It is in this context that an experiment carried out at Kotkasim, a district in Rajasthan, is of immense importance and relevance. In Kotkasim, there has been a very successful experiment carried out in direct transfer of cash subsidy to people who have the entitlement to get subsidies kerosene. Three months subsidy was transferred in advance to the bank accounts of the beneficiaries and then they had to buy kerosene at market prices from authorised PDS shops. The ration shop (PDS) owners also had to lift the kerosene at market prices. The arbitrage for adulteration, siphoning off and selling in the open market etc was gone. In four months the off-take of kerosene came down by 87%. Imagine the savings in misdirected subsidies that is possible throughout the state and the country. India does not need more outlays in entitlement programs, but it needs better governance and better deliveries. Read more about the experiment here: Direct to home.
So where does Aadhaar come in? With 50% of adult Indian’s having no bank accounts, with financial inclusion having remained a pipedream because opening and maintaining these bank accounts in remote areas is just not viable, Aadhaar can usher in a new era of financial inclusion. Opening of no-frill bank accounts which just need the Aadhaar number for KYC is a reality today (over one lac accounts have been opened in Tumkur district of Andhra Pradesh Karnataka alone), and if cash subsidies are directly paid into these accounts, then these accounts become commercially viable for the banks (low cost of opening, regular cash transfer and transactions taking place) and with micro ATMs, bank correspondents and mobile money being reality today, financial inclusion and financial security will be a reality. The savings that the government will incur by weeding out part of the corruption, ghost recipients, and misdirected subsidy like you and I receiving subsidy on LPG consumption), will have a huge macro impact in this country. And as Nandan Nilekani, Chairman, UIDAI, never tires of telling, Aadhaar is also about giving choice to the poor people, something that you and I take for granted, and thus, leading to empowerment.
Before imagination starts running ahead of reality, let me say that all this is not going to happen tomorrow. Entrenched vested interests will seek to derail much of this. But we all need to spread the good word and build a momentum, so that outcomes rather than outlays become the larger part of the political and public discourse. Before you say that things will never change in India, think about RSBY, think about Kotkasim experiment and think about the transparency portal put out by the oil companies where you can track LPG consumption and see how misdirected the subsidies are. Read this excellent piece by Bibek Debroy in Economic Times – To reform subsidies, weed out the well-heeled and wealthy from list of beneficiaries. All this has been achieved within this same system you and I curse every day and mostly by the same bureaucrats we love to pillory.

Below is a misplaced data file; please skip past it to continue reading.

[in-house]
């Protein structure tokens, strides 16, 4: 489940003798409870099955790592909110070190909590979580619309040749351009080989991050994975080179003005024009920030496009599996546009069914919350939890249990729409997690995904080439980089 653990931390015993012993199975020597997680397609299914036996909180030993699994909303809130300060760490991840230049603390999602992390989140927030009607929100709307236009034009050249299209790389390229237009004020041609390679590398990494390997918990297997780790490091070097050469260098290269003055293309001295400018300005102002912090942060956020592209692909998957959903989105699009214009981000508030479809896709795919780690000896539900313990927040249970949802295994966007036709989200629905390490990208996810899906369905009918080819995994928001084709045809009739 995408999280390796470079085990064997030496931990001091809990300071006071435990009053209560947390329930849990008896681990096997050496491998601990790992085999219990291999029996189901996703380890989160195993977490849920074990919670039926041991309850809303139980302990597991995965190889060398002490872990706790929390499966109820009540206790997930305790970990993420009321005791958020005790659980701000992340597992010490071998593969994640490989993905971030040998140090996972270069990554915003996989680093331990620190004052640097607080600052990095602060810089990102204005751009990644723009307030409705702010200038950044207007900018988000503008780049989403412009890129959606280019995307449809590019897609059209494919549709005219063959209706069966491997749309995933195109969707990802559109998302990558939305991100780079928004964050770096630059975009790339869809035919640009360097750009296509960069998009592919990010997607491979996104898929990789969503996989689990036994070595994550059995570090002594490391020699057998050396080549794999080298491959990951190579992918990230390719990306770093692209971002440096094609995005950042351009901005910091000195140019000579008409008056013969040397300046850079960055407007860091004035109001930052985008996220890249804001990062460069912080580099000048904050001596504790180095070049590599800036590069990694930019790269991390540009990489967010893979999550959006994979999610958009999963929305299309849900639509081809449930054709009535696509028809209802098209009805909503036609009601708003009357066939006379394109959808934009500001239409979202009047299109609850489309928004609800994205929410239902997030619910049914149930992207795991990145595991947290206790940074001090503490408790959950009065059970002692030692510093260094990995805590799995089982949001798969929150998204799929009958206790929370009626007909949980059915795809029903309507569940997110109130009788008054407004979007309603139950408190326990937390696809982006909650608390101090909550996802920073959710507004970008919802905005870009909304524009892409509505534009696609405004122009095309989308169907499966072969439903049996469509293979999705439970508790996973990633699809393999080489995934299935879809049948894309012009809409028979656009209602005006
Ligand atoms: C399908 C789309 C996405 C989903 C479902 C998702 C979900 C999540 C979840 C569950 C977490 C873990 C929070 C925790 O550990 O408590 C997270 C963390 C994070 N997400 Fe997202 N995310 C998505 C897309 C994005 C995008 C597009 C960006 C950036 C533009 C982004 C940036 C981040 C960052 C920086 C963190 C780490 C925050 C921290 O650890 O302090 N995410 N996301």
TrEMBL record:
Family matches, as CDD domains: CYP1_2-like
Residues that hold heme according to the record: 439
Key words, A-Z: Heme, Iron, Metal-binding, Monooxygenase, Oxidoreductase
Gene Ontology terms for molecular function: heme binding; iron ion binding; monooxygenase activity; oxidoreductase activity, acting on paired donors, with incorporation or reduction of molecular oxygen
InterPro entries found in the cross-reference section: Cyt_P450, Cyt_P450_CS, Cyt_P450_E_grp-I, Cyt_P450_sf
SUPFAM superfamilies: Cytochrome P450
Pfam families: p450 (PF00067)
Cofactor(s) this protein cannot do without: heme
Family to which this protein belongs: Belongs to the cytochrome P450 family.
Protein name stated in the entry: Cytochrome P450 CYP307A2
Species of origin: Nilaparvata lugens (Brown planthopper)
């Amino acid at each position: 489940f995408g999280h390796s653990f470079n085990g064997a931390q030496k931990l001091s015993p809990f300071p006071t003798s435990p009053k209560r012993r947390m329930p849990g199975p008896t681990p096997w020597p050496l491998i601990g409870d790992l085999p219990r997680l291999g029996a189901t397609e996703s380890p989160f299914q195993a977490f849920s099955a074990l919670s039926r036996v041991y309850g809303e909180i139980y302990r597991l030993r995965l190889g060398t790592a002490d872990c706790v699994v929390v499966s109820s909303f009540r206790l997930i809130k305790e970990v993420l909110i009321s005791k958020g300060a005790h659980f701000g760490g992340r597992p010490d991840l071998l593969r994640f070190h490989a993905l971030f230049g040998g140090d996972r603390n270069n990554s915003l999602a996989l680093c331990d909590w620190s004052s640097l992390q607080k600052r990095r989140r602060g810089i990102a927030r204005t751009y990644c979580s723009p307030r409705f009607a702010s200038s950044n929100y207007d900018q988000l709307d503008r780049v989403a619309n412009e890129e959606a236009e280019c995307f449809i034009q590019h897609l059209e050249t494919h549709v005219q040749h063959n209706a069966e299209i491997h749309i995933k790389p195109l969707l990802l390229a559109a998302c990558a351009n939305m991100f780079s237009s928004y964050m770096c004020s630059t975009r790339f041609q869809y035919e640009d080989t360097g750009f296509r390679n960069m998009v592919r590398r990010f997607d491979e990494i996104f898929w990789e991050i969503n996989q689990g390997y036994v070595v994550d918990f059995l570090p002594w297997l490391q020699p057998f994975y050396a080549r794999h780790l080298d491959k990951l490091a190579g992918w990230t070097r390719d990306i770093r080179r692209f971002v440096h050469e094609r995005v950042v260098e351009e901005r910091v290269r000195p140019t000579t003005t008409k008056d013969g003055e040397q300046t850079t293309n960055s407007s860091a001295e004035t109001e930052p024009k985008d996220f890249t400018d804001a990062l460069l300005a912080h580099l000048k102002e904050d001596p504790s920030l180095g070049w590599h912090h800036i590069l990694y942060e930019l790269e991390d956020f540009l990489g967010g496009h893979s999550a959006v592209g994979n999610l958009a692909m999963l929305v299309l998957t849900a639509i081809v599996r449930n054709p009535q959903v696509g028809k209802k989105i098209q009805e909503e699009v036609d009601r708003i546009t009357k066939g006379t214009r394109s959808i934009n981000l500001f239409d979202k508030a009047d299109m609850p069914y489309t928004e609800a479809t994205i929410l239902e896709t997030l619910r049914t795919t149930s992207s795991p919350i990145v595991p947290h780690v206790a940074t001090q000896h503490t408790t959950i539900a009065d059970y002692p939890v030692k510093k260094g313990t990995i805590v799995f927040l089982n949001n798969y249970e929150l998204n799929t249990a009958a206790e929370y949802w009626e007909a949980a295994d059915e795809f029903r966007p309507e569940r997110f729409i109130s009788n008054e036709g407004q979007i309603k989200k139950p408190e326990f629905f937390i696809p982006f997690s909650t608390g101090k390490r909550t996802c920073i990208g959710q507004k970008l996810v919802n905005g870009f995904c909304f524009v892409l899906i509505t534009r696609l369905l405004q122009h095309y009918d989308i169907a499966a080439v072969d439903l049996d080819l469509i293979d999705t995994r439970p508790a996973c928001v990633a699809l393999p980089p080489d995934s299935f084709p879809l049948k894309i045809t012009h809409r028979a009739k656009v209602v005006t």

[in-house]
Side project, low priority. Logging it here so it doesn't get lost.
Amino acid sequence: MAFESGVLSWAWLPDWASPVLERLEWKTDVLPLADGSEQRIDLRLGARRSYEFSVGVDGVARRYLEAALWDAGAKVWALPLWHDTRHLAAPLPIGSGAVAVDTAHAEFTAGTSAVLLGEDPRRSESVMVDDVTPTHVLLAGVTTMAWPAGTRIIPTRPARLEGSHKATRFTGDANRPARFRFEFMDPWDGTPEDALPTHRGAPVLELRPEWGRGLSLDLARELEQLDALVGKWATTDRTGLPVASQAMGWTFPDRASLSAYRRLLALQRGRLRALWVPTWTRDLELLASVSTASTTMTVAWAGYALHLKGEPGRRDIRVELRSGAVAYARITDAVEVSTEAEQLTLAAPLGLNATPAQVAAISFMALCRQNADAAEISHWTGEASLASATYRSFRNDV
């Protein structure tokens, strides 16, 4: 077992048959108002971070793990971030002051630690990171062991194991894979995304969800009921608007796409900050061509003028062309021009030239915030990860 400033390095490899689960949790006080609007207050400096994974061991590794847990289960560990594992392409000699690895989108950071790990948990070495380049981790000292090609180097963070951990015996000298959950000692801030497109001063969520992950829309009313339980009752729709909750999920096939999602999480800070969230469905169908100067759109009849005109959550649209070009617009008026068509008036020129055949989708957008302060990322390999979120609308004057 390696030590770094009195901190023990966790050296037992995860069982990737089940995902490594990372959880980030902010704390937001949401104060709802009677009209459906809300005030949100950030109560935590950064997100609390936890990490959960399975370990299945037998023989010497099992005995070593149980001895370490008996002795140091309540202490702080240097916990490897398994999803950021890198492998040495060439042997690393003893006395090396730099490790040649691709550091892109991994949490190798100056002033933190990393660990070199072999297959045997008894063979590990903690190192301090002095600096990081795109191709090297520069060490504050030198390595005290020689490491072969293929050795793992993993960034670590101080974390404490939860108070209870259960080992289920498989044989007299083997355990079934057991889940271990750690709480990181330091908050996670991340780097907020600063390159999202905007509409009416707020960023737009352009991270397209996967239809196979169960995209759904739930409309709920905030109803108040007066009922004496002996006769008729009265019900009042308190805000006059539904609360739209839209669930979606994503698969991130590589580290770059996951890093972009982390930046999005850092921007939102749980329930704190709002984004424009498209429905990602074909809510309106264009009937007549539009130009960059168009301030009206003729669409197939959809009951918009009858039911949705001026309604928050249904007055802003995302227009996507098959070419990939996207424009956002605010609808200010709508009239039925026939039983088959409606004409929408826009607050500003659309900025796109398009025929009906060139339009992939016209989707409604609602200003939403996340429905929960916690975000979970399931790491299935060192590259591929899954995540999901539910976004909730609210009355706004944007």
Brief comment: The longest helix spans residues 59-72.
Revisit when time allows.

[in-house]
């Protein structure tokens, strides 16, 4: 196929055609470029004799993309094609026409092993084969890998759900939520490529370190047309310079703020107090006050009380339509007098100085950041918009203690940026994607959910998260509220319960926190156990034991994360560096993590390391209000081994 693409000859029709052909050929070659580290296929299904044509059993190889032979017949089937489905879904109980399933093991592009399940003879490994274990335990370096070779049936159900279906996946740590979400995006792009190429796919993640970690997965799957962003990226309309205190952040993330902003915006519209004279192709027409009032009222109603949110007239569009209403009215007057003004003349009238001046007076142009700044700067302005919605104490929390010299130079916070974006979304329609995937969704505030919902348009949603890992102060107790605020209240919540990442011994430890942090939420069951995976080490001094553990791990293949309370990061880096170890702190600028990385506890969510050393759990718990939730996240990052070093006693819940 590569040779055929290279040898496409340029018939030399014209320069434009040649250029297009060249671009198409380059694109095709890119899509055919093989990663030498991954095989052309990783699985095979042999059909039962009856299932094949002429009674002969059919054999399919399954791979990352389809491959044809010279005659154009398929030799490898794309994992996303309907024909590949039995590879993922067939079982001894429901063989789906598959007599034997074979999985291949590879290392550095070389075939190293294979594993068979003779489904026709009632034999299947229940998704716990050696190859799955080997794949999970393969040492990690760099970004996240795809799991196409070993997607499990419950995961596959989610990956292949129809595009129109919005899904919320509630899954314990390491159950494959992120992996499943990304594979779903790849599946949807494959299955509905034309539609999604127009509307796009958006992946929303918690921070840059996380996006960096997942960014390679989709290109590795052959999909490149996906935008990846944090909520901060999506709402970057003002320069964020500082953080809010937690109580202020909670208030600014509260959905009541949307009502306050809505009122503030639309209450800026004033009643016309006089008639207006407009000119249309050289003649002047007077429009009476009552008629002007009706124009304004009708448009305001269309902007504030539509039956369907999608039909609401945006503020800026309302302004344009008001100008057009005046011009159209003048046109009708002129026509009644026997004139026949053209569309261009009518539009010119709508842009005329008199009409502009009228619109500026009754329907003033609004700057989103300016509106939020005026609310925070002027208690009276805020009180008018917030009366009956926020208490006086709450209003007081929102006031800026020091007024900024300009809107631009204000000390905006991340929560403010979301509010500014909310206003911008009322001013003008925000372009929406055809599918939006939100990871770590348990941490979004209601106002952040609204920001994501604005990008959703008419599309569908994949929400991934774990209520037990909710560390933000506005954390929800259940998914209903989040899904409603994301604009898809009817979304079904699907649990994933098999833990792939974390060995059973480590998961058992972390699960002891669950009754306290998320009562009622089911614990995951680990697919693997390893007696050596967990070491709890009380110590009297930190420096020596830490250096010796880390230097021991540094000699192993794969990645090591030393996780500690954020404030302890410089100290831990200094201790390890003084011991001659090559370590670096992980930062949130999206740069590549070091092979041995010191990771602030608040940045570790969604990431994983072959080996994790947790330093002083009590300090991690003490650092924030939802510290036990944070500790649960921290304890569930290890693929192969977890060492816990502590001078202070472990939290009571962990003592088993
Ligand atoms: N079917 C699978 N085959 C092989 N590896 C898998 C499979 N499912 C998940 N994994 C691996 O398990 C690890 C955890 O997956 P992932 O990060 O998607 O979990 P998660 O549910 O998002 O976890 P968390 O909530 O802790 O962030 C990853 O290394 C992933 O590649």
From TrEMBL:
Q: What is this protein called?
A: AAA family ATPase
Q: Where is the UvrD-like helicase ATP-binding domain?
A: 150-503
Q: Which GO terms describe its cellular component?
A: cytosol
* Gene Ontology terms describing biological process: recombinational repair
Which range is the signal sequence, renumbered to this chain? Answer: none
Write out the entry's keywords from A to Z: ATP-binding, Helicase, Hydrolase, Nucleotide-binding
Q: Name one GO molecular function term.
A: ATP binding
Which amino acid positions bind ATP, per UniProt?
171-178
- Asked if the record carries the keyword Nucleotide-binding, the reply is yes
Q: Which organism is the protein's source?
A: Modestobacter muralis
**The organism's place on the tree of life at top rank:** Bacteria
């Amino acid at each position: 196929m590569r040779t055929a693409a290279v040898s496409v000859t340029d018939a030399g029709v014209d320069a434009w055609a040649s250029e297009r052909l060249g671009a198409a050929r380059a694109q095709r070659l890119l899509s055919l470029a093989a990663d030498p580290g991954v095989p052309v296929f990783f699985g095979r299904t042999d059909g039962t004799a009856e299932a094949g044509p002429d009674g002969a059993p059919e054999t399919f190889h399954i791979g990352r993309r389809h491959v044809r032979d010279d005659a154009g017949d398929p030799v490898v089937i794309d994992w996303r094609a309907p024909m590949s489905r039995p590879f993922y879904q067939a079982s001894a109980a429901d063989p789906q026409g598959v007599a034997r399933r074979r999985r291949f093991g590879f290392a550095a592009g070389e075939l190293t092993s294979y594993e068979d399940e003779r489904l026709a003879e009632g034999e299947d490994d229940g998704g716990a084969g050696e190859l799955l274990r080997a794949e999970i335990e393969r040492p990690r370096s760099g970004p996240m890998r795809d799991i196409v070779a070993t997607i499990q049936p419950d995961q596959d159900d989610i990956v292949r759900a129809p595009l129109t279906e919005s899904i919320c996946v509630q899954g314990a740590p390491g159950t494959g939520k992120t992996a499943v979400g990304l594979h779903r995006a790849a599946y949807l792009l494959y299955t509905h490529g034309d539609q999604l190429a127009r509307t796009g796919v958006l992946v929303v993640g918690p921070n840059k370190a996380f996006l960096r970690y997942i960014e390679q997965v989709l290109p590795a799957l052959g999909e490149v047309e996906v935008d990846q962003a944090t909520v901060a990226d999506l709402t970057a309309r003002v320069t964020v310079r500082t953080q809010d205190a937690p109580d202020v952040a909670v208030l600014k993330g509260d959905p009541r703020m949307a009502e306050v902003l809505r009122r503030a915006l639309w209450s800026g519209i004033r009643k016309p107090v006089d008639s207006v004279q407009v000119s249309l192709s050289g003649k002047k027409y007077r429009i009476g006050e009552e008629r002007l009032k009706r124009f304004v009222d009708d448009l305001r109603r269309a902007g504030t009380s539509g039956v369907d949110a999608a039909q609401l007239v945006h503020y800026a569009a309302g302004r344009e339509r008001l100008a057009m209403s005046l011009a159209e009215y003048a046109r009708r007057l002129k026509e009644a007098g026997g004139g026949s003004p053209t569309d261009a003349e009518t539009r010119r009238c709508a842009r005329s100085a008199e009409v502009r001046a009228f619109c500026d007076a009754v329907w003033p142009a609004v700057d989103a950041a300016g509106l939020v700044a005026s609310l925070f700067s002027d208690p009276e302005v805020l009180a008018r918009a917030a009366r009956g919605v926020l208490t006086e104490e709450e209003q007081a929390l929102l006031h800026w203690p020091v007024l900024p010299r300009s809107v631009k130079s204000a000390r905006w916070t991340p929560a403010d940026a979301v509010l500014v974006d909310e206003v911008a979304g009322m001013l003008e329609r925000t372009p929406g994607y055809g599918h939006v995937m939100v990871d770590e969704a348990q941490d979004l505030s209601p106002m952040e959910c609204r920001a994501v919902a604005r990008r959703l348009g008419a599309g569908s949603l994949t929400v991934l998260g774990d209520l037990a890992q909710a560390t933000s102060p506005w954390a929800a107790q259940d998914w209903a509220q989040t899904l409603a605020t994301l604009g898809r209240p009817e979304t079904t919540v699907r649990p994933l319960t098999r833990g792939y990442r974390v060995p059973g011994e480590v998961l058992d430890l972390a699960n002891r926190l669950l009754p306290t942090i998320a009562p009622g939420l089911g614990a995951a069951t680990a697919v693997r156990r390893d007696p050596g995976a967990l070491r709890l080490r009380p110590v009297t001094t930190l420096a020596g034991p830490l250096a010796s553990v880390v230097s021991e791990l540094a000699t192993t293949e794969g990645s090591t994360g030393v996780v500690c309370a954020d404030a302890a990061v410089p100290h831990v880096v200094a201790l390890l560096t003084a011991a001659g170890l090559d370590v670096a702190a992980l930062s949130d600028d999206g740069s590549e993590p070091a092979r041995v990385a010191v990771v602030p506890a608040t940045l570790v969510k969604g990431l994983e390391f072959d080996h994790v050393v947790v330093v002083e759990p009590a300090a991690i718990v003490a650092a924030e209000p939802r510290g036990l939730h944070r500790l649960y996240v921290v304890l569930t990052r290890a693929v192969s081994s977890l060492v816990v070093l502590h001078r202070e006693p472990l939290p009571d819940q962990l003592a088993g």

However, I would also like to use a word of caution – the RSBY system is not perfect (is any system out there perfect?) and Aadhaar is still largely in the proof of concept stage. RSBY system is being gamed by some unscrupulous doctors and hospitals and at times with the active connivance of insurance company officials. But given the real time availability of information, many fraudulent and other unscrupulous transactions are being discovered earlier than usual. A study in Dainik Bhaskar showed that in Chattisgarh, one hospital (Gupta Hospital) conducted 604 hysterectomy operations in 900 days. There were a few other nursing homes and hospitals that showed similar alacrity in conducting hysterectomy operations.
Independent studies conducted by academics (one such study is The Implementation of RSBY in Chhattisgarh, India: A Study of the Durg District) have suggested ways to improve the design and technology of RSBY to ensure that greater transparency and to ensure that the schemes objectives are better met, but nobody doubts that RSBY is working much better than any other scheme before it that attempted universal health insurance. Also either RSBY or Aadhaar will neither be a panacea for all that ails India’s poor, impoverished and disenfranchised masses nor will they be the last word or one size fit all solution, but they are a step towards better governance.
This positive story of India is as true as the story of unprecedented corruption, policy paralysis, poor governance etc. Which one would you want to start talking about the next time you are sitting with your friends for a drink or when you meet your colleagues or business acquaintances? One of my clients wrote to me when he heard some of the above stories: “I maintain snowflakes are small and irrelevant but when combined with others and they accumulate on top of a hill one day they result in an avalanche. 30mn RSBY cards, 150mn UID numbers, a reduction in Kerosene sales = avalanche of benefits in 3-5 years.” If you have come across other such stories, do write in to me. I look forward to your comments and suggestions because most ideas come out of a dialogue and conversation, at least for me, since I am not talented enough to dream of the benzene structure in my sleep.